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Anxiety Switches on Gene That Speeds up the Spread of Cancer

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Anxiety Switches on Gene That Speeds up the Spread of Cancer

Master switch gene known as ATF3

Anxiety Switches on Gene That Speeds up the Spread of Cancer. Stress fuels cancer by triggering a “master switch” gene which allows the disease to spread, according to new research. The unexpected discovery could lead to the development of drugs that target the protein and stop tumors from spreading to the organs and causing death. Stress has long been linked to many forms of the disease including breast and prostate cancer. However, the reason has remained a mystery. Now, a team at Ohio State University say our bodies help turn cancer against us by turning on a master switch gene known as ATF3. This is expressed in response to stressful conditions in all types of cells.

The gene promotes the immune cells to act erratically

Usually, it causes normal and benign cells to commit suicide if they decide they have been revocably damaged. The cancer cells somehow coax immune system cells recruited by the sight of a tumor to express ATF3. It is unclear exactly how, but the gene promotes the immune cells to act erratically. This gives cancer an escape route to other areas of the body.

Professor Tsonwin Hai said, “If your body does not help cancer cells, they cannot spread as far. So really, the rest of the cells in the body help cancer cells to move, to set up shop at distant sites. And one of the unifying themes here is stress.” Her researchers first linked the expression of ATF3 in immune system cells to worsen outcomes among a sample of almost 300 breast cancer patients. Experiments on mice had this result. Those lacking the gene had less extensive spread of breast tumor cells to their lungs than ones that could activate it.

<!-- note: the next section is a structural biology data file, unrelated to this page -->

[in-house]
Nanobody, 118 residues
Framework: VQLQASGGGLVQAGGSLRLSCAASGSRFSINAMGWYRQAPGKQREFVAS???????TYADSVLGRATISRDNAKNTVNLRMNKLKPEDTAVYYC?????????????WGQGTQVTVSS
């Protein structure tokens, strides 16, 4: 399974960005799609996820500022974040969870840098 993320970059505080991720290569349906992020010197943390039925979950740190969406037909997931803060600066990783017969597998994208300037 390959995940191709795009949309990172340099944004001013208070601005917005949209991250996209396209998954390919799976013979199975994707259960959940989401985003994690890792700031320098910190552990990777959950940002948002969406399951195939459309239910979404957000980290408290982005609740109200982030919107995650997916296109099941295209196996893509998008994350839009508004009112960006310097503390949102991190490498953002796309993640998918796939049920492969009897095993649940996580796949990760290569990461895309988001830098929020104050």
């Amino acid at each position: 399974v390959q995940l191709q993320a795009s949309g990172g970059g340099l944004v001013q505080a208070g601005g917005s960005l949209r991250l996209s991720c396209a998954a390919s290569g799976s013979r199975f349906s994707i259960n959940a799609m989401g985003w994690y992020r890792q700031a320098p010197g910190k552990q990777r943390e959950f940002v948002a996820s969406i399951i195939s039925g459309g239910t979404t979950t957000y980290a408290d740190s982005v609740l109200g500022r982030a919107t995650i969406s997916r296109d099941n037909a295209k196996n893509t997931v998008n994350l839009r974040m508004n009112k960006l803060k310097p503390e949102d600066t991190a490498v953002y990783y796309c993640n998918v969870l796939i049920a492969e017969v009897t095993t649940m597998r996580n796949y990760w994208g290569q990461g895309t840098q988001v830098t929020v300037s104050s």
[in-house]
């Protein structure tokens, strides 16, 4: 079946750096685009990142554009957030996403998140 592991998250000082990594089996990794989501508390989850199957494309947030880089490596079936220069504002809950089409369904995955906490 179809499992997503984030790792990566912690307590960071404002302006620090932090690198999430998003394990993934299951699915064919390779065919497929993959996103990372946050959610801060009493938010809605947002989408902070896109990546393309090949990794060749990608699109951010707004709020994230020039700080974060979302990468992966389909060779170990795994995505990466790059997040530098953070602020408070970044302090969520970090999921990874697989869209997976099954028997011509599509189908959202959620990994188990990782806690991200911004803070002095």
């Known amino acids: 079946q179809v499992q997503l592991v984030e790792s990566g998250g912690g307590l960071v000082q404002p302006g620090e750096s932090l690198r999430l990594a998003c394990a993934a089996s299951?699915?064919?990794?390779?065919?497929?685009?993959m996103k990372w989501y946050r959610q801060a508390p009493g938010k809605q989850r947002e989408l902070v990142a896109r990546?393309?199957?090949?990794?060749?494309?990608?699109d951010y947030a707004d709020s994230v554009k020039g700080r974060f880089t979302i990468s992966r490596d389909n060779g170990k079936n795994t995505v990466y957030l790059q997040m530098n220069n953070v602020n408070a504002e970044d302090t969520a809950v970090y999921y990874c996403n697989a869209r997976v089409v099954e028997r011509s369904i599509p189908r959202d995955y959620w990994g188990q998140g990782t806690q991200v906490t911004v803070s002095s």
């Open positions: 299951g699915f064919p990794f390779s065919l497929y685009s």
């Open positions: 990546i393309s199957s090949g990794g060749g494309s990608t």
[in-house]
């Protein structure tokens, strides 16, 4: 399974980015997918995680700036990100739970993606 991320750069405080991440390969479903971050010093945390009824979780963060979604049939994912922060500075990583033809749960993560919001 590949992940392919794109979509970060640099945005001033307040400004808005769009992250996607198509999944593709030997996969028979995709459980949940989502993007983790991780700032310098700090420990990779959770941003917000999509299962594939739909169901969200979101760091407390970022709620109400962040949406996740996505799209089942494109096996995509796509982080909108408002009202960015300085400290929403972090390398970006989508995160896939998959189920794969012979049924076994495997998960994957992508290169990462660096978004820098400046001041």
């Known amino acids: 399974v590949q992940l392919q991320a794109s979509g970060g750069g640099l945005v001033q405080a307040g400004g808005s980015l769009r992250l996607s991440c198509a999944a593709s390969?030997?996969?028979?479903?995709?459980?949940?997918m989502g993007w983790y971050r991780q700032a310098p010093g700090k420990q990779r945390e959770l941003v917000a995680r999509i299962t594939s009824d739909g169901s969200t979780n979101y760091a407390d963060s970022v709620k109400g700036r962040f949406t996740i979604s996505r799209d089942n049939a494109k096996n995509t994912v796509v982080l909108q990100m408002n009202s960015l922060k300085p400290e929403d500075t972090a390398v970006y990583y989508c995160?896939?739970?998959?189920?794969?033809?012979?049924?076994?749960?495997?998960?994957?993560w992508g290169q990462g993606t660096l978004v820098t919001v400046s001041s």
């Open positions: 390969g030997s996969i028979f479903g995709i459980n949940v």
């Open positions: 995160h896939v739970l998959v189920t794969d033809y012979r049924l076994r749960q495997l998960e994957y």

When the body gets stressed

 “The cancer cells were always the same, but we had different hosts. The primary tumors were similar in size. However, only in the host that can express ATF3, the stress gene, did the cancer cells metastasize efficiently. This suggests that the host stress response can help cancer to metastasize. If the body is in perfect balance, there isn’t much of a problem. When the body gets stressed, that changes the immune system. And the immune system is a double-edged sword,” she said.

When cancer cells first appear

In general, when cancer cells first appear, the immune system recognizes them as foreign. As a result, various immune cells travel to the site to attack them. Prof. Hai said if further research bear out the results “the stress gene could one day function as a drug target to combat cancer spread, or metastasis as it is known medically.” Results published in the Journal of Clinical Investigation provide important insights. They describe how tumor cells use their signaling power to co-opt the rest of the body into aiding cancer survival and movement to distant organs.

Although the work suggest a drug to dampen ATF3’s effect could lower the risk of metastasis, Professor Hai noted scientist do not fully understand what the overall effects would be. She said, “We have this gene for a reason. It is a gene that helps us adapt to changes. So it is a question of how and when to target ATF3.

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